RGS-GAIP-interacting protein controls breast cancer progression.

Publication Type:

Journal Article

Source:

Molecular cancer research : MCR, Volume 8, Issue 12, p.1591-600 (2010)

Keywords:

Adaptor Proteins, Signal Transducingdigestive disease, digestive deseases Animalsdigestive disease, digestive deseases Breast Neoplasmsdigestive disease, digestive deseases cdc42 GTP-Binding Proteindigestive disease, digestive deseases Cell Growth Processesdigestive disease, digestive deseases Cell Line, Tumordigestive disease, digestive deseases Cell Movementdigestive disease, digestive deseases Disease Models, Animaldigestive disease, digestive deseases Disease Progressiondigestive disease, digestive deseases Femaledigestive disease, digestive deseases Humansdigestive disease, digestive deseases Matrix Metalloproteinase 9digestive disease, digestive deseases Micedigestive disease, digestive deseases Mice, Nudedigestive disease, digestive deseases Neoplasm Transplantationdigestive disease, digestive deseases PDZ Domainsdigestive disease, digestive deseases Proto-Oncogene Proteins c-mdm2digestive disease, digestive deseases Receptors, Somatomedindigestive disease, digestive deseases Transplantation, Heterologousdigestive disease, digestive deseases Tumor Suppressor Protein p53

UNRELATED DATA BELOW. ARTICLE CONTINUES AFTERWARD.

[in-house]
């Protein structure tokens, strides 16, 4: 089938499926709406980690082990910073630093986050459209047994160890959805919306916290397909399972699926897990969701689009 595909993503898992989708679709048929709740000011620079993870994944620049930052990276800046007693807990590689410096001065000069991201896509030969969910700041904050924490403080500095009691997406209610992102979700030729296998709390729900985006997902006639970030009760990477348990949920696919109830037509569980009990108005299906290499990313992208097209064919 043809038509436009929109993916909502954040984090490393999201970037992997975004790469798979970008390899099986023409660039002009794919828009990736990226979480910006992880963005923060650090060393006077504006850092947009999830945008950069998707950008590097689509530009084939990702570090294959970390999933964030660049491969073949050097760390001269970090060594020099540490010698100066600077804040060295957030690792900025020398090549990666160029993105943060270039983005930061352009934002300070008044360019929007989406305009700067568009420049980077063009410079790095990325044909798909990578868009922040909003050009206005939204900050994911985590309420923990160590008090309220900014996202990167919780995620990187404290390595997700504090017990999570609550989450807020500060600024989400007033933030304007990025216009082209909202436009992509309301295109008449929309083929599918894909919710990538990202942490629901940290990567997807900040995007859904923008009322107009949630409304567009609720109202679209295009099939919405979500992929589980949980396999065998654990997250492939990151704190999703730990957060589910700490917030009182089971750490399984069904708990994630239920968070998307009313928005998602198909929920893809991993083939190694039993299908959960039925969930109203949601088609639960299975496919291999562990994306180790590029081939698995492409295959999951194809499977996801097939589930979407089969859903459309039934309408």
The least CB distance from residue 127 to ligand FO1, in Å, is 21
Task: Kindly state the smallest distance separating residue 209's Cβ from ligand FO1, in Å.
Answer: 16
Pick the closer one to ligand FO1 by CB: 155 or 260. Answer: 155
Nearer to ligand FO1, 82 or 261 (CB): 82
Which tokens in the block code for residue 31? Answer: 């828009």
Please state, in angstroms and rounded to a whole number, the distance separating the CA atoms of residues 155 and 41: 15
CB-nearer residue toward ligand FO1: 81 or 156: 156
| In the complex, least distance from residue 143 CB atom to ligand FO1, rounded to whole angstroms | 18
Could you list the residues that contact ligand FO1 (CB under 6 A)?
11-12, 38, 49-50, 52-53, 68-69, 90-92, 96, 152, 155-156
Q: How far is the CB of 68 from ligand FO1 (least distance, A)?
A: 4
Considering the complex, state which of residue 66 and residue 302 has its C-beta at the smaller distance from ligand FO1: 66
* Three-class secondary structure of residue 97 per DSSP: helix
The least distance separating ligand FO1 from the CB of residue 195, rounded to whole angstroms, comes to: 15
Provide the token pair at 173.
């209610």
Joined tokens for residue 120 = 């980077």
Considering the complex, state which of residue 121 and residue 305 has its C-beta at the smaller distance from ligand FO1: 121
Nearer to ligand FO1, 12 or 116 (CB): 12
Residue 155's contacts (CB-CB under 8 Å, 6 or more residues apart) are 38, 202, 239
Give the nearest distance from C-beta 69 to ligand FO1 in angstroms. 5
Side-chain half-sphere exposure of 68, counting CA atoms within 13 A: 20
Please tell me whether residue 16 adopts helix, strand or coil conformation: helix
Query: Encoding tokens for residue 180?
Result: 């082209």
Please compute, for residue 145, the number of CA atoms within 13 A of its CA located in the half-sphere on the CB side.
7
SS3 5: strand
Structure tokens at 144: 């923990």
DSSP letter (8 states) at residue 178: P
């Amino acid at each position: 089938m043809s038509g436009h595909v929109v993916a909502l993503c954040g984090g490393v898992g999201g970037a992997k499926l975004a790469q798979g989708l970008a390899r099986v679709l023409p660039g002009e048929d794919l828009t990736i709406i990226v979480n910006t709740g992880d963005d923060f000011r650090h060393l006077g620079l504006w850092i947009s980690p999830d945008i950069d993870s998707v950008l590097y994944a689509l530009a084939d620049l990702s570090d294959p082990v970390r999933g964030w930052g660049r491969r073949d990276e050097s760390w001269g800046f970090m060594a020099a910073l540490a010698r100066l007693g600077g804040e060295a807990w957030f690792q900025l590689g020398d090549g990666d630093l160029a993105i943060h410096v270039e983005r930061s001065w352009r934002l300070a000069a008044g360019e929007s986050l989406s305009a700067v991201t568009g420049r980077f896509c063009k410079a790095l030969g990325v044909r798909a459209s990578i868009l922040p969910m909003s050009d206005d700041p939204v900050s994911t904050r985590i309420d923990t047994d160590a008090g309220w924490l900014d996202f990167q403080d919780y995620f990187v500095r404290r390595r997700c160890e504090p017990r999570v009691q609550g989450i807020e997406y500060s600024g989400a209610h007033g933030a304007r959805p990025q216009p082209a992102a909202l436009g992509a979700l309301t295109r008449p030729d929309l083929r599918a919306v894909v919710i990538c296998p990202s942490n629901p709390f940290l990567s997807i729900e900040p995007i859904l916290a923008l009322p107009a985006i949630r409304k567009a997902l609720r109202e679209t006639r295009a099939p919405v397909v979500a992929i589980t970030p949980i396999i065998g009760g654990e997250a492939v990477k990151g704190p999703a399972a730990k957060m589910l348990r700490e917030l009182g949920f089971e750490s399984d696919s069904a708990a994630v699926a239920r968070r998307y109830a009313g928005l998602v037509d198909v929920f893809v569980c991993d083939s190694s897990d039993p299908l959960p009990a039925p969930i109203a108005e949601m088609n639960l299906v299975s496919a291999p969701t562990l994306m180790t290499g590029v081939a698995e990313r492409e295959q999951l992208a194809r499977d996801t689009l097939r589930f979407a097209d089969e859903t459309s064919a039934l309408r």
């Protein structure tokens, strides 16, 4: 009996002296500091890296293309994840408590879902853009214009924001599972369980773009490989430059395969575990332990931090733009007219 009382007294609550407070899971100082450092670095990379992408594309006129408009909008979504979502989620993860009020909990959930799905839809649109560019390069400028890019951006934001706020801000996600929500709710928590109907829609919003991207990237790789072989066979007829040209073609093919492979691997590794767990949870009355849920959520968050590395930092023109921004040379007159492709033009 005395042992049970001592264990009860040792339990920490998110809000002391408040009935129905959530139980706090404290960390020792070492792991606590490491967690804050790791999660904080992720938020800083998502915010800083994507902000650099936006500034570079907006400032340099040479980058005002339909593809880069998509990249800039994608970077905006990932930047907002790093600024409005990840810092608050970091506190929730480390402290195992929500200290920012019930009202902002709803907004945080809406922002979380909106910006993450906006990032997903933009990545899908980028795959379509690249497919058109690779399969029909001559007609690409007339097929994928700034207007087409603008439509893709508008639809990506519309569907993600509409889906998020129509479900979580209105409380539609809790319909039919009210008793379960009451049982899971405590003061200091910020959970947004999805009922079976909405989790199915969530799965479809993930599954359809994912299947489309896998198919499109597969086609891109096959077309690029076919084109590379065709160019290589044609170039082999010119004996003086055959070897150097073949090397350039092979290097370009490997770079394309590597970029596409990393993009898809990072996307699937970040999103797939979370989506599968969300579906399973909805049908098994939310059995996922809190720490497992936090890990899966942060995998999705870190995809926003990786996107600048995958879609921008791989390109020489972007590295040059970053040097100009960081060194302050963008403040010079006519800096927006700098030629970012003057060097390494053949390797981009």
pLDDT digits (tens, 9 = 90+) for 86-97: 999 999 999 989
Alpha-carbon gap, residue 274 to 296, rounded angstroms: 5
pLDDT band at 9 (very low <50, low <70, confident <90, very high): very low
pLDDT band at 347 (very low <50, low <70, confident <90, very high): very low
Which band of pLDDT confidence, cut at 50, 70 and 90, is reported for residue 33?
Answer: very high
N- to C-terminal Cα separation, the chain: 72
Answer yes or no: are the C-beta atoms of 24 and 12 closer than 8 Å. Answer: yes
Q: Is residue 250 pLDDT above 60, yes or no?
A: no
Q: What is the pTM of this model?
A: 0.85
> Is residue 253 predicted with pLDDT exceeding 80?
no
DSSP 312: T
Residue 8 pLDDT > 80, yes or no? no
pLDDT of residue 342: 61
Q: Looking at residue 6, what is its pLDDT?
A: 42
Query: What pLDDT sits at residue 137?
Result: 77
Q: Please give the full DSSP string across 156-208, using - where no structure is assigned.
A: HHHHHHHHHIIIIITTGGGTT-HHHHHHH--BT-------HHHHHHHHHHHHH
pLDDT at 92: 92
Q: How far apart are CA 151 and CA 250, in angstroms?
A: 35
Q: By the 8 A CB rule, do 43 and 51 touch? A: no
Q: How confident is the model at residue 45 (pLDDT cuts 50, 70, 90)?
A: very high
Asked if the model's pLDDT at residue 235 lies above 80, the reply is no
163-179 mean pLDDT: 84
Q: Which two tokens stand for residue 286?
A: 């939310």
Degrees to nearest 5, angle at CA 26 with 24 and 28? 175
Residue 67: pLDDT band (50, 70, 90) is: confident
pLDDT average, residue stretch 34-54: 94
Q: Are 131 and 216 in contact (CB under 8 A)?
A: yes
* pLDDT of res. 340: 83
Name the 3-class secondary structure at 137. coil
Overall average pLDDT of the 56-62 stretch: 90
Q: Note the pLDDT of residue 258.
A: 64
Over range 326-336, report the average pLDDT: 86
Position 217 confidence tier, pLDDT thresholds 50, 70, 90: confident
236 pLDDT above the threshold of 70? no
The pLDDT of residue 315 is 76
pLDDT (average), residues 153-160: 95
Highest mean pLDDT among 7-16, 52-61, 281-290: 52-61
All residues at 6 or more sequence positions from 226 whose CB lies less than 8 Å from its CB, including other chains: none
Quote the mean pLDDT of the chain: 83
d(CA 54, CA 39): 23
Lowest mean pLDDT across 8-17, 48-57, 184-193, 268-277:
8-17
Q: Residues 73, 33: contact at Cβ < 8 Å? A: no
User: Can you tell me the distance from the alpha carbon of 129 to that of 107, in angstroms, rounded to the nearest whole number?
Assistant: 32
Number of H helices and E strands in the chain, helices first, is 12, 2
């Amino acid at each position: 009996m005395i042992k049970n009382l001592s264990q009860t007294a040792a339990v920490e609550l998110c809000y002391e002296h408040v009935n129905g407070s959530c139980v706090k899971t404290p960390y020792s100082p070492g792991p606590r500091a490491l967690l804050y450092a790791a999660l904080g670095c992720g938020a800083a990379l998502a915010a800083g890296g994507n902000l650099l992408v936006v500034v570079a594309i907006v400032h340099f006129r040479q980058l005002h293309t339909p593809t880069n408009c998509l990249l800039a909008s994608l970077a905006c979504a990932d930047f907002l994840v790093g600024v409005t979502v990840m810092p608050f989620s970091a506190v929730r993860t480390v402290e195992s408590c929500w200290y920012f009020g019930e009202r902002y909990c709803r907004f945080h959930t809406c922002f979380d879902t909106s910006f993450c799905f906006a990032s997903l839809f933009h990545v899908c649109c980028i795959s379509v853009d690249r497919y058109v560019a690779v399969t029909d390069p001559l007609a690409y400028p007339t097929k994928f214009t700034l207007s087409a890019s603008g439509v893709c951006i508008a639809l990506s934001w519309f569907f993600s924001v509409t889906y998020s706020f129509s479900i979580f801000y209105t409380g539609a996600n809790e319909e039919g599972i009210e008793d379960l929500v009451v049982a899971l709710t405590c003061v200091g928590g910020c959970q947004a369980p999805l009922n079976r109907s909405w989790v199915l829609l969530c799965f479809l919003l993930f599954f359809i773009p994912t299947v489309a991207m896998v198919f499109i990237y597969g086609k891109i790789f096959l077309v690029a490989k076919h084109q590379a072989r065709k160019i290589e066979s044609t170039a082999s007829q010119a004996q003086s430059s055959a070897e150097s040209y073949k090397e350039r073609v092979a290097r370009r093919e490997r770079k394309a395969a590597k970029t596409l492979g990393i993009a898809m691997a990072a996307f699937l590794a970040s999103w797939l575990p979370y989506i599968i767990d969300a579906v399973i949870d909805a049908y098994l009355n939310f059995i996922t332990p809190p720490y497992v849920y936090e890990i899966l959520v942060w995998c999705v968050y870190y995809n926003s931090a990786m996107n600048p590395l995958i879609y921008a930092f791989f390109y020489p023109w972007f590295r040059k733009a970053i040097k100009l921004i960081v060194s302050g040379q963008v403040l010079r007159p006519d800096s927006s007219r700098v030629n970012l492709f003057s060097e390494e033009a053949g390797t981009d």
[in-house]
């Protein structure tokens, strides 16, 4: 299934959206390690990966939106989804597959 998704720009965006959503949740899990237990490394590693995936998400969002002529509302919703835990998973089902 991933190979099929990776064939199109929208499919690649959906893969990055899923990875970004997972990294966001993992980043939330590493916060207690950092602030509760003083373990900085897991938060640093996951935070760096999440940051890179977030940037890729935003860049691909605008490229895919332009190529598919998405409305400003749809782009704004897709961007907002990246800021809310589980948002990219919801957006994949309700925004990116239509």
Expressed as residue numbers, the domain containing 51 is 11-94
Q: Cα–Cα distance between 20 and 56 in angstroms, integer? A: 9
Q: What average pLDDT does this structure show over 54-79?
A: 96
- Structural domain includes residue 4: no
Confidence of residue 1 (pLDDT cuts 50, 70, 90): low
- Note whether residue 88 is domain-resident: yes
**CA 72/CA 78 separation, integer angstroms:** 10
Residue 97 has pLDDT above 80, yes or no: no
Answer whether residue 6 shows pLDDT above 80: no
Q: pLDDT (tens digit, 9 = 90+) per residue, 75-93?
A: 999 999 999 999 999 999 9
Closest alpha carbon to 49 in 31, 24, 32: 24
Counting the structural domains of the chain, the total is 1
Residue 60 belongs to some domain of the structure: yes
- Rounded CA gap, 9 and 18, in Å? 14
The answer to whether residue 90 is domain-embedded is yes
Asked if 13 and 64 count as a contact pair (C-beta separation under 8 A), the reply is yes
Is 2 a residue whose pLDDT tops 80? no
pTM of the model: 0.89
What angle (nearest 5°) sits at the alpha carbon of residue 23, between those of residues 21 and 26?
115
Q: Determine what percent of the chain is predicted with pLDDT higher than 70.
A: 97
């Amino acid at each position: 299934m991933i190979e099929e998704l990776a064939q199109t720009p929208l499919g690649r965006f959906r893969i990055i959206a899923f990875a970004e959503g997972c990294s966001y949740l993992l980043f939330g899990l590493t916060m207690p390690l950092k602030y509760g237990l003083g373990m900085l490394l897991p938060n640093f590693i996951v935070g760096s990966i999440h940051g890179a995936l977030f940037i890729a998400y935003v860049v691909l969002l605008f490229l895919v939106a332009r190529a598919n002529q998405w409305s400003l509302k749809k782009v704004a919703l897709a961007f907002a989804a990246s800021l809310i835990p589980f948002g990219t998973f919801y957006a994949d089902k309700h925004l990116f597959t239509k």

Abstract:

Although the importance of RGS-GAIP-interacting protein (GIPC) in the biology of malignant cells is well known, the molecular mechanism of GIPC in the inhibition of tumor progression has not been identified. This study focused on elucidating the molecular role of GIPC in breast cancer progression. By using a human breast tumor specimen, an in vivo mouse model, and breast cancer cell lines, we showed for the first time that GIPC is involved in breast cancer progression through regulation of breast cancer cell proliferation, survival, and invasion. Furthermore, we found that the Akt/Mdm2/p53 axis, insulin-like growth factor-1 receptor, matrix metalloproteinase-9, and Cdc42 were downstream of GIPC signaling in breast cancer cells. Moreover, we showed that wild-type p53 reduced GIPC-induced breast cancer cell survival, whereas mutant p53 inhibited GIPC-induced cell invasion. Finally, we demonstrated that an N-myristoylated GIPC peptide (CR1023, N-myristoyl-PSQSSSEA) capable of blocking the PDZ domain of GIPC successfully inhibited MDA-MB-231 cell proliferation, survival, and further in vivo tumor growth. Taken together, these findings demonstrate the importance of GIPC in breast tumor progression, which has a potentially significant impact on the development of therapies against many common cancers expressing GIPC, including breast and renal cancer.